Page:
REACTION TO VICTOR FRANKL’S MAN’S SEARCH FOR MEANING
Frankl attains as high a level of humanism in his writing as one would think possible of any scientist. His psychology is based on empiricism. His experiences as a prisoner in a Nazi concentration camp, stripped of everything but his bare existence, led him to explore the ultimate sense of meaning in human life. In own privileged western world we don’t have to struggle for life and its essentials, like food. Furthermore, there is plenty to keep us busy, whether it be work or other forms of entertainment. In such an environment it is easy to forget or procrastinate in the search for life’s meaning. In Frankl’s account, the search for meaning had life-and-death implications, like the need for food and water.
Having formed a theory so based on experience, Frankl is much less schematic or cerebral than even the most humanistic of psychologists. Some of his conclusions are not unlike those of Abraham Maslow and Erich Fromm. This is clear in the importance all three give to transcendence. He asserts that “the more one forgets himselfthe more human he is and the more he actualizes himself” (133). This assertion reminds one of Maslow’s definitions of “peak experiences” as those of transcendence. Maslow claims that it is possible to learn from such experiences in order to become more conscious of being. This idea firmly correlates with Frankl’s.
The main concern for mankind is fulfilling a meaning. It is in this point that Frankl’s humanism is most firmly established. Contrary to Freud’s rather mechanistic beliefs, this kind of meaning goes beyond the mere satisfaction of drives and instincts, reconciling the conflicting claims of id, ego and superego, or adaptation and adjustment to society and environment (125-126). It is the kind of meaning that is unique for every person, and is worth living or dying for.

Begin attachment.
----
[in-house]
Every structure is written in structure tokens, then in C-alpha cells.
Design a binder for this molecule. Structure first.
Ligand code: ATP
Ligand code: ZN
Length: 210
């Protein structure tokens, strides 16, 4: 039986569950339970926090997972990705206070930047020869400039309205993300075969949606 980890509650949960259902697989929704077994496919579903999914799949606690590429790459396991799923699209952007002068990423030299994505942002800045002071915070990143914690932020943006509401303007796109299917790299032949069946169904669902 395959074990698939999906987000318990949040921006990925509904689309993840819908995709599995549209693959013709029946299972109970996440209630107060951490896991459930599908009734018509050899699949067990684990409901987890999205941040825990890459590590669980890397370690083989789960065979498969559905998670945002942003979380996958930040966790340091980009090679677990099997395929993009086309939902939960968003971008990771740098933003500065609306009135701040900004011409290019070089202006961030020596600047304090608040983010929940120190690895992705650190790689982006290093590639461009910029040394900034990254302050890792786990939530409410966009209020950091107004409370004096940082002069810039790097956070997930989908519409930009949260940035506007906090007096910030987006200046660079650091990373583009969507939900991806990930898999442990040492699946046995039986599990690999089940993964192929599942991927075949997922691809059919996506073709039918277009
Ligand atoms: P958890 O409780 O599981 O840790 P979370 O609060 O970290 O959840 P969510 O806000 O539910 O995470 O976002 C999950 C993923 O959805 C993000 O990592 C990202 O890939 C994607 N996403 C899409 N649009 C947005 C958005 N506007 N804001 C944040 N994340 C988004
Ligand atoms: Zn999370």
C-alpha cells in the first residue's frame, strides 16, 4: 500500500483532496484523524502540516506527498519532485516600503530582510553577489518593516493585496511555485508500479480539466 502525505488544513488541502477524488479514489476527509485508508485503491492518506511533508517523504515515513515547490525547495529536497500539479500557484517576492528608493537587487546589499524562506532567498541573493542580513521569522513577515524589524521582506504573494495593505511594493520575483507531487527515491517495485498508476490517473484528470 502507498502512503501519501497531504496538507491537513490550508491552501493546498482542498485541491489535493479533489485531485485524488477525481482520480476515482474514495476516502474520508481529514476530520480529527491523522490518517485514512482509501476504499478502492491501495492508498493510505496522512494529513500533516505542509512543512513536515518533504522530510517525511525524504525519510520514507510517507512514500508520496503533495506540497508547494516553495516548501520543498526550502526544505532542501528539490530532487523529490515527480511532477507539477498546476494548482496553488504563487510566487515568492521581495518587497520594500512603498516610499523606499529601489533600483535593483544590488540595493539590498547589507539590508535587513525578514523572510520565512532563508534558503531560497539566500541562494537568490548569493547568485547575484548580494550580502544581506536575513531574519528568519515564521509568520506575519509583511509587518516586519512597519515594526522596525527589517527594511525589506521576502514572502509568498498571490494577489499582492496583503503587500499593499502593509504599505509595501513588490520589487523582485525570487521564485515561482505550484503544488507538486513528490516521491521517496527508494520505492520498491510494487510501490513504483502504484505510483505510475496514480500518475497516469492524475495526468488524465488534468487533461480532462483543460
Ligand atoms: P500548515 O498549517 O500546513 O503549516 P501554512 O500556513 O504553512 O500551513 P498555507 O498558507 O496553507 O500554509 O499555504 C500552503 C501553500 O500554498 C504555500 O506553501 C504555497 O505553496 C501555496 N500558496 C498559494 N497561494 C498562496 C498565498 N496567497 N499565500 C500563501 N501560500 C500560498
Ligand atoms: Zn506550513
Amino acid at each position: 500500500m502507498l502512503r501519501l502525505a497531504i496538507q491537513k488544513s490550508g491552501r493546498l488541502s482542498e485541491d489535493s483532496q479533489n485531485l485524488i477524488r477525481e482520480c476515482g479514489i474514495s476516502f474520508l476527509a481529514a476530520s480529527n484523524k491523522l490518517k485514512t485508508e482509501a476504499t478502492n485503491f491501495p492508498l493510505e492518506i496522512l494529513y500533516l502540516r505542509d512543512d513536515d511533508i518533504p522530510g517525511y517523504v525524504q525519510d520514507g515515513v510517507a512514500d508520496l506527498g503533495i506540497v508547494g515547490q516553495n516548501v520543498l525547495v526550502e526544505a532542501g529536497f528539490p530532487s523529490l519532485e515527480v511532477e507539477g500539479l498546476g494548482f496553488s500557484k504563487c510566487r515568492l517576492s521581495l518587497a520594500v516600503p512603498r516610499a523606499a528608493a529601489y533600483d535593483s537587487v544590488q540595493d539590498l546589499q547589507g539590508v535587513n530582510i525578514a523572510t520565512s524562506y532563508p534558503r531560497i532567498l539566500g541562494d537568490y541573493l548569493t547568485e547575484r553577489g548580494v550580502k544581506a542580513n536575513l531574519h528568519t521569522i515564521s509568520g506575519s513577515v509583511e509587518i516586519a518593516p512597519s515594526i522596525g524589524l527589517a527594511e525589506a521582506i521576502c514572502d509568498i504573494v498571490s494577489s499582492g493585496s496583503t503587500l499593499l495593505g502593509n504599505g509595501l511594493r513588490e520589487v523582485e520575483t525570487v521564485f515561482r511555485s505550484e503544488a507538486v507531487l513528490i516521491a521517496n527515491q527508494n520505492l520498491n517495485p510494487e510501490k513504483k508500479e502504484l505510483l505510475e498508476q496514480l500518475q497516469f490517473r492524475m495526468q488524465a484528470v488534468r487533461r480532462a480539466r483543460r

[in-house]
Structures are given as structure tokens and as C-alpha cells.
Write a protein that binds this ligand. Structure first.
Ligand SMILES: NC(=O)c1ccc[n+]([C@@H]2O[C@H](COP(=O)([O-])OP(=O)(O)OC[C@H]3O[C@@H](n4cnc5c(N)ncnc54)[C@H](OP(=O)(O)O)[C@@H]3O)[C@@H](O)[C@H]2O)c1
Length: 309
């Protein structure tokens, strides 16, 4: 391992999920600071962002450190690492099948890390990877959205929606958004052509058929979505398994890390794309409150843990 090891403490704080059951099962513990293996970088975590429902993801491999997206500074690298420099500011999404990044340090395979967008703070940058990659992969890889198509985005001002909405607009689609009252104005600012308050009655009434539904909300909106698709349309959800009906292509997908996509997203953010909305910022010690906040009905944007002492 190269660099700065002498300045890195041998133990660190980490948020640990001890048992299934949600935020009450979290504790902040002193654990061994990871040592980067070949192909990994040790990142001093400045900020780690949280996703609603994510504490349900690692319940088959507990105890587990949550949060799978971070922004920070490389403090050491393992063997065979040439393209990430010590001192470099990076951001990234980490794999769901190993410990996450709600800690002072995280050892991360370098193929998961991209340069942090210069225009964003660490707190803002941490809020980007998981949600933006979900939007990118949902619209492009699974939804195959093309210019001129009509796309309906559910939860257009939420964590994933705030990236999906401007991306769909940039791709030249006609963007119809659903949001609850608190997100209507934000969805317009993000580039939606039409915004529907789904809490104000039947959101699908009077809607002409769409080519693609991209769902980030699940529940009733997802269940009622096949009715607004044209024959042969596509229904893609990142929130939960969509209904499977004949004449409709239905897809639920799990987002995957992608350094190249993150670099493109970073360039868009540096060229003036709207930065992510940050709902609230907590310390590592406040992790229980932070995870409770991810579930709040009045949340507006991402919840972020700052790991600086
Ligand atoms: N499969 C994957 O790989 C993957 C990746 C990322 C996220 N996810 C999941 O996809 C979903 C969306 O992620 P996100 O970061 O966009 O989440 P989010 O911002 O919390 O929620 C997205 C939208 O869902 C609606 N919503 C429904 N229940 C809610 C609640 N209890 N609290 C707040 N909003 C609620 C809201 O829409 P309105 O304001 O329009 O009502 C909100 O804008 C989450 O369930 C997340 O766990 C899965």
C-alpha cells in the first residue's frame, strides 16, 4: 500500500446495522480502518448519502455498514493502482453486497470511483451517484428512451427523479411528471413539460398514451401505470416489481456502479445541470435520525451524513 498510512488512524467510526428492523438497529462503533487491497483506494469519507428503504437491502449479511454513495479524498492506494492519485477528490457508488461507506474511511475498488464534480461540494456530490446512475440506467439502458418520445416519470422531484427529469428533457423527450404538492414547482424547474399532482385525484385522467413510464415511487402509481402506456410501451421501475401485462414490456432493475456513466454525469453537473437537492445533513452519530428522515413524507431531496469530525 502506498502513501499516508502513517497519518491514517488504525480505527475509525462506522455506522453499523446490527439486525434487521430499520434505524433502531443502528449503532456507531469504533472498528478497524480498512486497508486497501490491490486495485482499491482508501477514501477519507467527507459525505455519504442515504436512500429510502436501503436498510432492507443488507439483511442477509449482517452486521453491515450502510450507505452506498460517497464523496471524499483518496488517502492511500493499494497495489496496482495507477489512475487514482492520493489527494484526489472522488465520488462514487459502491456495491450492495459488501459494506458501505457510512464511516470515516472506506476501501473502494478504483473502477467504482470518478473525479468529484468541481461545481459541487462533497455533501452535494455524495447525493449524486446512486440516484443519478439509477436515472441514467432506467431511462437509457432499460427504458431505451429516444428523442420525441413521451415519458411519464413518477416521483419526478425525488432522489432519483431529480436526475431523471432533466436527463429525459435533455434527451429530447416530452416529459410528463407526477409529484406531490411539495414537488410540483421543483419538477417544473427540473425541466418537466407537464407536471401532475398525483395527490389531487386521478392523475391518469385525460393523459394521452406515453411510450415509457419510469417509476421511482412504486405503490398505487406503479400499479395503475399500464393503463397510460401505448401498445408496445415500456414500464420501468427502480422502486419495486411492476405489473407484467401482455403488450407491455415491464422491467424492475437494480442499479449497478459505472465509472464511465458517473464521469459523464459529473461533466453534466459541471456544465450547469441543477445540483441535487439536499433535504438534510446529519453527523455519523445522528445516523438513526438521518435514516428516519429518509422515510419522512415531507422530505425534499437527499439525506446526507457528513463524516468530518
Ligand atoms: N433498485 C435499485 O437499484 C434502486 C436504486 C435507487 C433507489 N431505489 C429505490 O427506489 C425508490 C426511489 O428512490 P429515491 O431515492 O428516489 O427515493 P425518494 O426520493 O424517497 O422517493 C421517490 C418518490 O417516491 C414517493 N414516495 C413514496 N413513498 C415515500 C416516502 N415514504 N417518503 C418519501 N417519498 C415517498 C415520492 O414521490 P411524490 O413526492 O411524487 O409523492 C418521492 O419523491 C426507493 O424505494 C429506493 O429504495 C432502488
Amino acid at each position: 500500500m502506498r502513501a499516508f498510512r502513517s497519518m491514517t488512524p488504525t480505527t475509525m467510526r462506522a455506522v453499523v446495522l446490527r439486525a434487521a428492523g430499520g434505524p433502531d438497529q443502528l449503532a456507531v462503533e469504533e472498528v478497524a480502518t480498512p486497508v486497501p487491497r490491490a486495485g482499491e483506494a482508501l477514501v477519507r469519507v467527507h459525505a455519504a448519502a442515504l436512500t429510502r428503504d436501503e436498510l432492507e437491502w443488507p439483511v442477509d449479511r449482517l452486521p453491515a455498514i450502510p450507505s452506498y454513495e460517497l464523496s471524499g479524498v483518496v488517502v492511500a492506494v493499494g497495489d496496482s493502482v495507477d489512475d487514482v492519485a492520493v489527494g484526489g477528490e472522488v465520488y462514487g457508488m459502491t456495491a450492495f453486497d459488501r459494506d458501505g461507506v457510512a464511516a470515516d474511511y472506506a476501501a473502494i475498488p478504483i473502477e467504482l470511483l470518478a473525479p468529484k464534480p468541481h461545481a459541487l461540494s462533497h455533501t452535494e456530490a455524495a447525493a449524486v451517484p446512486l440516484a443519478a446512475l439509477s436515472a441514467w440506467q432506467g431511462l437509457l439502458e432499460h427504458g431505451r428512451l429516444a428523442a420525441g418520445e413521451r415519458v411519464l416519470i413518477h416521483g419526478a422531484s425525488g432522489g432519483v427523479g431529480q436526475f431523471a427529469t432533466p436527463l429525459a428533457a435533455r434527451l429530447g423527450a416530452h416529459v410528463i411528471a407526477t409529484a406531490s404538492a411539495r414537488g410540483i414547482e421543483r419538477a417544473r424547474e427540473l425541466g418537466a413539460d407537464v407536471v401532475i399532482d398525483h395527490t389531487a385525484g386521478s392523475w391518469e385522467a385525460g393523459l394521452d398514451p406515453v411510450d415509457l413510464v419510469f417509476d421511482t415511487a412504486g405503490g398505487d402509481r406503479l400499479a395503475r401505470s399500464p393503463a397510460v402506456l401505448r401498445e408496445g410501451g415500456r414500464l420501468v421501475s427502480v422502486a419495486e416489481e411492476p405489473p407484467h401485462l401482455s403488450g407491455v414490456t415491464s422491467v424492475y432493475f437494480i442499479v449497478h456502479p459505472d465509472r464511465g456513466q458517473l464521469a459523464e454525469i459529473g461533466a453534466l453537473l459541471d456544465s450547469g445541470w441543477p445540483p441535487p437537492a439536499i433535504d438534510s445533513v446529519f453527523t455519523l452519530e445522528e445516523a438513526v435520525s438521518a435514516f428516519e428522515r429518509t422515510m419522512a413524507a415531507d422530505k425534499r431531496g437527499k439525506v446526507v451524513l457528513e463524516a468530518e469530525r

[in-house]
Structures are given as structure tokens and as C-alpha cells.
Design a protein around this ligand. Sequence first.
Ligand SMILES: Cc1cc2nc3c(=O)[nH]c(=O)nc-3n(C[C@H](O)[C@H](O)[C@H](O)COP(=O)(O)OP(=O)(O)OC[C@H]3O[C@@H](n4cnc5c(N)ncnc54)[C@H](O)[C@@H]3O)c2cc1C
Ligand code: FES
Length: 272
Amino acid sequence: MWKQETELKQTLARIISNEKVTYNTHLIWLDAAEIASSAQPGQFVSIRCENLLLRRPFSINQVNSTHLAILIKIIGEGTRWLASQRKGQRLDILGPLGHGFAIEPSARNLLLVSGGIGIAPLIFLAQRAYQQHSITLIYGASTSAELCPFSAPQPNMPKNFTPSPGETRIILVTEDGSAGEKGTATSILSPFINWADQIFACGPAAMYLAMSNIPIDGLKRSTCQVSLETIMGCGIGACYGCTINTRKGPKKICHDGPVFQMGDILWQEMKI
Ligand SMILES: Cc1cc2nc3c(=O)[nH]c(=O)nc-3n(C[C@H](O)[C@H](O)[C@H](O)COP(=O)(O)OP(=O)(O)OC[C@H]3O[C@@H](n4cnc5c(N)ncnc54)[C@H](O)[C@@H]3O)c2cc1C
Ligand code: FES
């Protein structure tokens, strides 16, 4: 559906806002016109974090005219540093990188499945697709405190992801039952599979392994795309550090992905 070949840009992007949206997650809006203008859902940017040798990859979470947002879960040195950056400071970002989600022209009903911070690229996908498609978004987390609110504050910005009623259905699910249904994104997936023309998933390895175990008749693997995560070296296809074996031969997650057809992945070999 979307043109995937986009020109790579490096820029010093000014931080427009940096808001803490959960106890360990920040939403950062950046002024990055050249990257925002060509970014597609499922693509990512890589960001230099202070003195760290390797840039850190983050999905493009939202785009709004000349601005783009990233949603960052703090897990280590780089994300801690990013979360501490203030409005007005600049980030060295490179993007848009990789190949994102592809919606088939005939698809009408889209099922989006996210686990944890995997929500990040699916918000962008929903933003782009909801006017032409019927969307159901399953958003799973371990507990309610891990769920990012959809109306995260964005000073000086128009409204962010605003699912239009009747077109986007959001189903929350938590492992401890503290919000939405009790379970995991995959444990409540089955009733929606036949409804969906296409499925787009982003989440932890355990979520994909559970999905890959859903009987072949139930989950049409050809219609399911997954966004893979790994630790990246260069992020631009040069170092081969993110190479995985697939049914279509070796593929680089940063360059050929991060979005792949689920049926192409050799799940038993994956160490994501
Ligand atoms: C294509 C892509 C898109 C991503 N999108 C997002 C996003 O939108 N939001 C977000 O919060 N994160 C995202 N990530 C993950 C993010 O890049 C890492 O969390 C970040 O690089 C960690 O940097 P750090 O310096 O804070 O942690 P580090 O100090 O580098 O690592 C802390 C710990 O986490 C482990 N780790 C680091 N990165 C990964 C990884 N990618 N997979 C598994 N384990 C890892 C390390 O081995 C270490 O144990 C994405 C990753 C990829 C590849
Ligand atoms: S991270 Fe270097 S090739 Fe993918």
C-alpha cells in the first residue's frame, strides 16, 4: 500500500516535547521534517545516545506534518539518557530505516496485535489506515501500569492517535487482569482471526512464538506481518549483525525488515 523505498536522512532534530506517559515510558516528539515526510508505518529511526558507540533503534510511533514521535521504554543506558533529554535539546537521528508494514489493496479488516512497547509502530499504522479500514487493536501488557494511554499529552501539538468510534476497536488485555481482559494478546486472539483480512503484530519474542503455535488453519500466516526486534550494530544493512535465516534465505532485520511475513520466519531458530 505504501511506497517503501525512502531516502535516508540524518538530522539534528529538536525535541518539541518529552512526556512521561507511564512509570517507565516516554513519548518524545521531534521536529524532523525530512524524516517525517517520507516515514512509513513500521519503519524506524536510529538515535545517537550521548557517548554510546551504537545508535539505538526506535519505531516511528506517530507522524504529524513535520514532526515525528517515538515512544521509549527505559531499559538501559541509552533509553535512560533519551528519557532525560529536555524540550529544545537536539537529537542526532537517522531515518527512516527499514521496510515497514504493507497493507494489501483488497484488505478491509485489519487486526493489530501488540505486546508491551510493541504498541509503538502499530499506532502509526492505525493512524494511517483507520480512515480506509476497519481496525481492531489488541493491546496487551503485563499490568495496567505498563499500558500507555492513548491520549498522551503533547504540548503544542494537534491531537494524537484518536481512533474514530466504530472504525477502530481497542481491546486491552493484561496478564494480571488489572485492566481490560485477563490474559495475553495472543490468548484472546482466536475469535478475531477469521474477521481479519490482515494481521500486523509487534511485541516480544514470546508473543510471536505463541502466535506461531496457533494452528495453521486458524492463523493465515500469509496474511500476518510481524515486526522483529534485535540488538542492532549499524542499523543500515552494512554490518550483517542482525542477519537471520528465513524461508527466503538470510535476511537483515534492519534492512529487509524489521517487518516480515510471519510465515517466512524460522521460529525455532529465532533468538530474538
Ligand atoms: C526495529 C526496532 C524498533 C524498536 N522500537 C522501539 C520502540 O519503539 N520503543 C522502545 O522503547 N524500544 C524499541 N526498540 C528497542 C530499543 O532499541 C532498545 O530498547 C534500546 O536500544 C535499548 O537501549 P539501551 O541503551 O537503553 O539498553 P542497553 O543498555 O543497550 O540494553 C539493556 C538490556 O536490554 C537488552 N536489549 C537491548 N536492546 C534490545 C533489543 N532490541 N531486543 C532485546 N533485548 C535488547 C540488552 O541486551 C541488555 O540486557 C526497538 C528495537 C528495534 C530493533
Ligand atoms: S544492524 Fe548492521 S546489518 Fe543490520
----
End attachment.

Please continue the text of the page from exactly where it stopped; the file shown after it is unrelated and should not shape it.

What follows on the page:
Frankl does not deal with the subject of religion in a direct way. He does not point out the validity or lack thereof,of organized religion vs. naturalistic religion and the like. However, Man’s Search for Meaning has at its core the placement of humanistic values traditionally relegated to religion. Nor does Frankl completely shy away from intuitive, unexplainable, coincidental’ phenomena. He recalls of communicating with his wife very vividly while a prisoner, regardless of whether she was alive or not. He event points to her possible appearing in the form of a bird; “The feeling was very strong: she was there. Then, at that very moment, a bird flew down silently and perched just in front of me, on the heap of soil which I had dug up from the ditch, and looked steadily at me” (60-61). At another passage he mentions his finding of a paper with the central prayer in Judaism, as a sort of message received from life.
The most appealing idea in this book, one that is lacking in the writings of many other thinkers, is that ultimately we humans may not know what the ultimate meaning behind life and suffering is. “What is demanded of man is not, as some existential philosophers teach, to endure the meaninglessness of life, but rather to bear his incapacity to grasp its unconditional meaningfulness in rational terms” (141). This idea is present in Maslow’s Religion, Values and peak experiences, where he claims that the people who are serious about values dwell in a sort of perpetual question that is more important that the immediate finding of an answer.
Bibliography: Frakl, Victor. Man’s Search For Meaning. Simon and Scuister, New York 1984